CINCINNATI (FOX19) - Macy’s is closing its national headquarters located in Downtown Cincinnati.
According to a source, the closing will impact 500 jobs. The company says some of those jobs will be relocated to Mason and Springdale.
Macy’s is the city’s 10th largest employer according to the Ohio Development Services agency.
City of Cincinnati Mayor John Cranley released the following statement about the headquarters closure:
“We appreciate the hard work Macy’s local employees have put in over the last several years and hope those employees will stay in our community. Our City’s renaissance has persisted and continues today with our metro leading the state in job gains over the last decade and adding 24,000 jobs in 2019—more than any other Ohio metro. Functionally, Macy’s stopped using Cincinnati as their headquarters ten years ago. This departure, while disappointing, is indicative of a changing retail industry and how they must adapt. It will not stop our City’s continued growth.”
Early Tuesday evening, Macy’s issued a press release detailing a three-year strategy to “stabilize profitability and position the company for growth.” The structural changes, according to the release, are intended to lower costs, reduce duplicate work and focus resources on the company’s healthy sectors.
The so-called “Polaris” strategy focuses on the company’s Star Rewards Loyalty program, its high-margin private brands fashion business, digital growth, its high-performing stores (while closing 125 under-performing stores) and a corporate reorganization that includes “campus consolidation” of corporate functions to New York City.
In addition to Cincinnati losing Macy’s downtown offices, the company says it is also relocating its digital headquarters from San Fransisco to New York to be near “the heart of the fashion industry."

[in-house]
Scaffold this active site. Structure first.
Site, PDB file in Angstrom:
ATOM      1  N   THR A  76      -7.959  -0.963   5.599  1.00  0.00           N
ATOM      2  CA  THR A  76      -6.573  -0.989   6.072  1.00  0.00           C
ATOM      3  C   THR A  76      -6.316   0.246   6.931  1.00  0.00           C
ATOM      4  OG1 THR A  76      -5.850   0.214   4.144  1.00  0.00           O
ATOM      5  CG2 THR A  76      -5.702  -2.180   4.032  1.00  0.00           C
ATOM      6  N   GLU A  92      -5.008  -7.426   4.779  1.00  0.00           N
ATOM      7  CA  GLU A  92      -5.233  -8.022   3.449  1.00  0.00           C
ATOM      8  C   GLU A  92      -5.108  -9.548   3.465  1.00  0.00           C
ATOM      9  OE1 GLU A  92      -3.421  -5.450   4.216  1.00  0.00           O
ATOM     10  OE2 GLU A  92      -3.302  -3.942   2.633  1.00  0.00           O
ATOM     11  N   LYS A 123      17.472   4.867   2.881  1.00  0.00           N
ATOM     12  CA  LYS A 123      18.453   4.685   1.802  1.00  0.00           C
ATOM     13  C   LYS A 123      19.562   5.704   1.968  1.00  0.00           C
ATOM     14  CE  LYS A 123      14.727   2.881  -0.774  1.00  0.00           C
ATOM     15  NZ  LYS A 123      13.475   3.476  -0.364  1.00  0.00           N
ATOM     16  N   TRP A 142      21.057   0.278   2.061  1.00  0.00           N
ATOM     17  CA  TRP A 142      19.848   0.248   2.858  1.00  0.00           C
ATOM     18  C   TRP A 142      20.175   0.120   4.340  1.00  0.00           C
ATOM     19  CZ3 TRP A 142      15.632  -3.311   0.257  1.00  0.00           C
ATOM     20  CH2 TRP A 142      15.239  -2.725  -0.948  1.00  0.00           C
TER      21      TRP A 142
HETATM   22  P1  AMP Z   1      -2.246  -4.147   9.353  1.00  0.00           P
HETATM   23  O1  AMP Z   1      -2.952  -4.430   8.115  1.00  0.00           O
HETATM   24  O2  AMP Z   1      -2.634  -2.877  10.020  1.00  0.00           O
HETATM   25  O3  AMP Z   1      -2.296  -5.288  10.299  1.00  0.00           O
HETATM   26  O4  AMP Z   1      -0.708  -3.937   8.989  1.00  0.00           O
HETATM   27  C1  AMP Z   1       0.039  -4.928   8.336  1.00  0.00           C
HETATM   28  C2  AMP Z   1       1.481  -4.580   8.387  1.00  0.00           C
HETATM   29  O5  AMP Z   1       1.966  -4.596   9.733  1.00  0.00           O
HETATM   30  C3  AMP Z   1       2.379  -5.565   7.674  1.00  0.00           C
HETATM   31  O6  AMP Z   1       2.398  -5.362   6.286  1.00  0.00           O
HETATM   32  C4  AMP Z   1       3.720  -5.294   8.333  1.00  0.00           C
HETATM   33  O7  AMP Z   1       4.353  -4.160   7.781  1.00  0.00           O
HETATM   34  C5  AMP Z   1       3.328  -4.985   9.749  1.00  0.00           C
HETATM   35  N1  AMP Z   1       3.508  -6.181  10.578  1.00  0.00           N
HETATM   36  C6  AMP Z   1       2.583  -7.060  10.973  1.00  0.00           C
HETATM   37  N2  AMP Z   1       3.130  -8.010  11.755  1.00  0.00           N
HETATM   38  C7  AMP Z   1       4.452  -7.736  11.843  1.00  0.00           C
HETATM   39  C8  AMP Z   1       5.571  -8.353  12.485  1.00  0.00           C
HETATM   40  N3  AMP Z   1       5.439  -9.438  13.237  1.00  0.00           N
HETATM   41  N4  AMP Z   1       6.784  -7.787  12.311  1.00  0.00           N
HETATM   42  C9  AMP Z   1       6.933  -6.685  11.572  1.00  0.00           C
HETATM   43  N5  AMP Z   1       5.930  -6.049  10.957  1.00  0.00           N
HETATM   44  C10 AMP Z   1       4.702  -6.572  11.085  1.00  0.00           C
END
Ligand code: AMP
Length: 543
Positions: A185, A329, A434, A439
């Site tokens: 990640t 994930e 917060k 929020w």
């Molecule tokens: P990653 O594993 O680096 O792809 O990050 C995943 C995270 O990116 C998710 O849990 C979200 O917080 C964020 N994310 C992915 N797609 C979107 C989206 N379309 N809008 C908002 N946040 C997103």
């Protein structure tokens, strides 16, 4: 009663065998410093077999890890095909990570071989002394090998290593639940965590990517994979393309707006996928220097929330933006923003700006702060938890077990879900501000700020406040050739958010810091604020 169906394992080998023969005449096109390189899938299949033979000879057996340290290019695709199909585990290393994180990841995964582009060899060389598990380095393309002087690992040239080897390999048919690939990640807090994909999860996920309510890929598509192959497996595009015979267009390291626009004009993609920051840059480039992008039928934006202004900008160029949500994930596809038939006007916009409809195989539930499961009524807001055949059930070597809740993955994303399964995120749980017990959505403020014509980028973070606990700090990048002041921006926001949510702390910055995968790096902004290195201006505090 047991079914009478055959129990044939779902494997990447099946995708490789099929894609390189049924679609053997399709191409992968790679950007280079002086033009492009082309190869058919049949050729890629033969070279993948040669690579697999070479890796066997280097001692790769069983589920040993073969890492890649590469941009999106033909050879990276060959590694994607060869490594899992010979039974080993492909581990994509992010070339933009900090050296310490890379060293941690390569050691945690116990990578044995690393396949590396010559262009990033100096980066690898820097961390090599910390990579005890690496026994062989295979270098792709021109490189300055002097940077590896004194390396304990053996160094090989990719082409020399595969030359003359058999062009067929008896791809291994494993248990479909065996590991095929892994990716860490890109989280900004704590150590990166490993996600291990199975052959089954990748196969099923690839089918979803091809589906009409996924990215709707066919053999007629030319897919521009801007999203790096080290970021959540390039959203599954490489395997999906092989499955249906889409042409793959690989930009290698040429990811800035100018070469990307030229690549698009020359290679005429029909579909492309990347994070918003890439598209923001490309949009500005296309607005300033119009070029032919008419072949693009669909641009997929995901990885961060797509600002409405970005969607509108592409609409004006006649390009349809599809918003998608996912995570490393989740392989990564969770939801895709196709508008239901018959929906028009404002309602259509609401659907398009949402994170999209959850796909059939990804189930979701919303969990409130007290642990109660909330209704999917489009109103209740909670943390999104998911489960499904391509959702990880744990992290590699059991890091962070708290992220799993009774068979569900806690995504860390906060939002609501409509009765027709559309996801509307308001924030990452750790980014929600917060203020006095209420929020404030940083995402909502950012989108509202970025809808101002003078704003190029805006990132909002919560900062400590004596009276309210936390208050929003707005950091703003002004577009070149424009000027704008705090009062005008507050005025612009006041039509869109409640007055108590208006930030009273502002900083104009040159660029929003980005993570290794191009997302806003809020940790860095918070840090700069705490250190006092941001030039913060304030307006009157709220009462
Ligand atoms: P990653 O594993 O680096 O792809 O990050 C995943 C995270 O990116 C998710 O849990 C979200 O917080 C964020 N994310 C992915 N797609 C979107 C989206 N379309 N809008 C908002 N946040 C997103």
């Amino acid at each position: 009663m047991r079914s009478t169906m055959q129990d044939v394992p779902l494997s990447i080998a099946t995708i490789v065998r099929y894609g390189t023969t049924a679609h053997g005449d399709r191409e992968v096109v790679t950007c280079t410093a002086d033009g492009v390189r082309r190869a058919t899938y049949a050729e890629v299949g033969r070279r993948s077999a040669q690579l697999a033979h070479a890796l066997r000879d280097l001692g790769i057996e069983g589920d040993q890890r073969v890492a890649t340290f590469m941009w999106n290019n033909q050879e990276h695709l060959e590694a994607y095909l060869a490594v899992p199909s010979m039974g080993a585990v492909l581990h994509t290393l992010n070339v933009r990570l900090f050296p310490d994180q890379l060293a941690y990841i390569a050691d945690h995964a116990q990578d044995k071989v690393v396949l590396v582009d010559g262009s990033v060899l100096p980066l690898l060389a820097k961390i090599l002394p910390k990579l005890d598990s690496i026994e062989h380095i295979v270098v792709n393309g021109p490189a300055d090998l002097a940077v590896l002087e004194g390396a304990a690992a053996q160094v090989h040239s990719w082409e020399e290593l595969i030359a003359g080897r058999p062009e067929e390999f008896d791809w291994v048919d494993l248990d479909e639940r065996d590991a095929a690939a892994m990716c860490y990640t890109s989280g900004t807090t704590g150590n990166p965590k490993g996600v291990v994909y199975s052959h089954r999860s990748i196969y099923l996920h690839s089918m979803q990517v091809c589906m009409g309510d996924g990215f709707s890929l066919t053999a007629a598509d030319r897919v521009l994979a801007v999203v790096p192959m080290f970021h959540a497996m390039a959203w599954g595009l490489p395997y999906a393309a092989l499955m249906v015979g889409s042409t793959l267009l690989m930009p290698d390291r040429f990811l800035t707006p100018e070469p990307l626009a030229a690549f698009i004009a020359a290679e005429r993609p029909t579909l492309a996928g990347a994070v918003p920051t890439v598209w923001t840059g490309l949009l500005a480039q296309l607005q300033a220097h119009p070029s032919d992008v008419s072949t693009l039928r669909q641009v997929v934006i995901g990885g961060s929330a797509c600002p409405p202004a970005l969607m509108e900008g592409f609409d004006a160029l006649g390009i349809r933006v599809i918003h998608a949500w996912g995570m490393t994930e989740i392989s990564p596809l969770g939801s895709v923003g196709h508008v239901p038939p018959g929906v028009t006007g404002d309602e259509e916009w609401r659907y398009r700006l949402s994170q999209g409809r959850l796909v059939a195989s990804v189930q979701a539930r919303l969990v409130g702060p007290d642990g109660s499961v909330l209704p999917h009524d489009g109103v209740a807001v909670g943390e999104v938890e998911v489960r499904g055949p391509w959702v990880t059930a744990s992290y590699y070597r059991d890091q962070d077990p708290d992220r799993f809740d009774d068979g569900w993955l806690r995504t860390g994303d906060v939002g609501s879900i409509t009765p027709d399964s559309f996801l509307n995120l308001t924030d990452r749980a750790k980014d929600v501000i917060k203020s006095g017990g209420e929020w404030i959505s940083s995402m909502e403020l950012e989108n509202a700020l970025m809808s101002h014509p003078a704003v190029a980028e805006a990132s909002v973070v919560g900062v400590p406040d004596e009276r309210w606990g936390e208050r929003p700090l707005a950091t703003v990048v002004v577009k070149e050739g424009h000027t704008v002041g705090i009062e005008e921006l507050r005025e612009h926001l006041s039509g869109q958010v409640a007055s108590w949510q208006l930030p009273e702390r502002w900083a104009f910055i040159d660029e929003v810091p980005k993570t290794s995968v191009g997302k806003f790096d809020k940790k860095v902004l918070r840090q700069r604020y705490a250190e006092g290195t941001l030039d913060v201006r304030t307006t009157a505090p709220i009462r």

The press release does say it will be increasing “colleague populations" in its Mason office location and its Progress Place facility in Springdale.
It anticipates this restructuring—the “Polaris” strategy—to generate annual gross savings of approximately $1.5 billion by the end of 2022.
Vice Mayor Christopher Smitherman estimates the yearly impact to the city budget from lost payroll taxes to be $500,000.
“We will all work to not allow basic services to be impacted,” Smitherman said. “However, I have all the confidence that our vibrant downtown will attract another corporate partner to replace Macy’s."
Cincinnati’s Fountain Place Macy’s store, just blocks away from the retailer’s national headquarters, closed its doors two years ago.
Last month, Macy’s announced that its department store at Northgate Mall is closing. The retailer has not released a date when the store will close.
Macy’s was the last major anchor store open at the Colerain Township mall.
The department store chain will have four remaining locations in the Cincinnati region: Kenwood, Anderson Township, Tri-County and Florence, plus a furniture store in Kenwood.
This timeline explains how Macy’s became headquartered in Cincinnati:
- 1851: R.H. Macy creates “Macy’s” in New York City as a dry goods store. The store’s original trademark emblem was a rooster, but Macy replaced it with a red star.
- 1929: A company called “Federated” is founded by Xavier Warren in Columbus, Ohio as a department store holding company for Lazarus, Shillito’s, Abraham & Straus, and William Filene’s Sons of Boston.
- 1945: Federated moves its corporate headquarters to Cincinnati.
- 1992: Macy’s declares bankruptcy.
- 1994: Federated buys Macy’s. Federated, which operated hundreds of stores across 37 states, becomes the largest department store retailer in America.
- 2007: Federated changes its corporate name to Macy’s, Inc.
Macy’s announced it would shutter 100 stores in August of 2016. A large number of those stores closed in 2017.
The department store has struggled in recent years as many consumers have shifted their shopping online to retail giant Amazon.
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